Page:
Deception: Murder in Hong Kong

Deception board game review

OVERVIEW

Our Rating:

You and your fellow investigators must work together to solve a murder in this game by Grey Fox Games. There is a twist though... one of you is the culprit who must throw the others off the trail by trying to make them focus on the wrong clues. The forensic scientist will help you on your way with special clues, but they cannot talk, so study where they point you carefully. In this game for 4-12 people you will be pointing fingers and doing your best sleuthing to find the secret killer.

CHARLENE'S REVIEW

My Rating:

Likes

  • Easy to learn
  • Easy to teach
  • Quick games
  • Starter game or all night game 

Dislikes

  • Clue boards sometimes don't help at all
  • Eye's closed concept relies on others being honest 

Intro/First Impressions

Players take on the role of investigators trying to solve a murder that is placed in Hong Kong. Amongst them is the murderer and possibly (depending on the number of players) a witness and an accomplice. The object of this game is simple, investigators and the forensic scientist try to work together to figure out the means card (murderer item) and the clue item (evidence the murderer left behind).

The set up of this game is easy and rounds go by quite quickly, around 20 minutes. This is nice because you are going to want to play multiple games and that way everyone should get a turn at each role. Some of the means and clue cards are interesting, such as blood release (what does that even mean? the murderer killed someone by blood release? why not just have a knife or something) but overall most are what you would typically think (means card= revolver or chainsaw, clue card= necklace or book).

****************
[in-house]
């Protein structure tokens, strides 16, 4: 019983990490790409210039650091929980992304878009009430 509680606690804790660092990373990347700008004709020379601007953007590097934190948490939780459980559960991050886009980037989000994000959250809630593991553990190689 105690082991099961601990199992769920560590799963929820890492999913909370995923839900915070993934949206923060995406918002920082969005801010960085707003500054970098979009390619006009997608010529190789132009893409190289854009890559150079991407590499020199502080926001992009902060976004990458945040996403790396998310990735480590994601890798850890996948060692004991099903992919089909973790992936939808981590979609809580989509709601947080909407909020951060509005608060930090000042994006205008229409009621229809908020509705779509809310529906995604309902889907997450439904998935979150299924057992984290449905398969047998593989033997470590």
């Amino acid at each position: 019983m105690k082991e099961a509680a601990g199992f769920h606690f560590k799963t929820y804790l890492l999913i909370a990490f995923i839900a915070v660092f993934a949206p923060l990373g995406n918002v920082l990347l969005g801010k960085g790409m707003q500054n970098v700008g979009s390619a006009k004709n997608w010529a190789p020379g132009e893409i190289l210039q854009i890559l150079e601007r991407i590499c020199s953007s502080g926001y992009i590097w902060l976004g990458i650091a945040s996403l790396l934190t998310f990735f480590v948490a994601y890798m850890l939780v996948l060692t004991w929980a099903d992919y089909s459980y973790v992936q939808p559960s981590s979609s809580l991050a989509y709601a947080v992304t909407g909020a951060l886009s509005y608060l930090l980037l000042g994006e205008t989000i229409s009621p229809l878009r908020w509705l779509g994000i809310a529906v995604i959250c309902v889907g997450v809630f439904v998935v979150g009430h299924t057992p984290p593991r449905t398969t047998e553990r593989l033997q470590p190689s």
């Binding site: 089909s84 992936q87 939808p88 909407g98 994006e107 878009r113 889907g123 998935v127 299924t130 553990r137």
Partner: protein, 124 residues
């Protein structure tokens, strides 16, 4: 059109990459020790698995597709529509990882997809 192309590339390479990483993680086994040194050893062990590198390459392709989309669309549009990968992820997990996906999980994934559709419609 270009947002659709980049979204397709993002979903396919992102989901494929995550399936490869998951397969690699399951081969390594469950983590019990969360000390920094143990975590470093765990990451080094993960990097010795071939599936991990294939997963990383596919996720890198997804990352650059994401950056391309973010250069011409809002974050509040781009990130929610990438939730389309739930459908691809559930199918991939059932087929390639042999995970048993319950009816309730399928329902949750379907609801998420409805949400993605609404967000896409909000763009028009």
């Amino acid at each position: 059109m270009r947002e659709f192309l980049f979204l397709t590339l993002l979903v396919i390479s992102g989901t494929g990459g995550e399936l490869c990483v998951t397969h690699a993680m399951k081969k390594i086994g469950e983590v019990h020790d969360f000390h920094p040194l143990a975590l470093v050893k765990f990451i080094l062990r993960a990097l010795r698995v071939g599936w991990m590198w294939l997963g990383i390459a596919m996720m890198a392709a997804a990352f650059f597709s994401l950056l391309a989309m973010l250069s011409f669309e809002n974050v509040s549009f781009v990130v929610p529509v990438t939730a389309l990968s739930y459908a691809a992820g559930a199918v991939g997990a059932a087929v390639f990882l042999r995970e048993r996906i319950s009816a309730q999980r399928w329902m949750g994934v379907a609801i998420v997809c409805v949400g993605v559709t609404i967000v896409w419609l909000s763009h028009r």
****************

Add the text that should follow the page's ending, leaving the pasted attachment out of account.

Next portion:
Thoughts

Before the game begins, everyone closes their eyes, and the forensic scientist calls on the murderer to open their eyes and point to the means card and the clue card that they have decided upon. But be carefully! Don't tap the cards or make noise as the other players will be able to figure out who it is. You may think this won’t happen but it does. Each player with exception of the forensic scientist, has 4 means cards and 4 clue cards in front of them. The murderer only gets to choose out of the cards in front of them, not out of everyones cards. The cards you choose should be strategic if you wish the murder to remain unsolved. Look at the items in front of all the other players and pick items that are similar or pick ones that are difficult to give clues too. I really enjoy the closing the eyes concept but it is only successful if everyone is playing an honest game. Peekers will ruin this game and possibly get reprimanded worse then the murderer by the other players.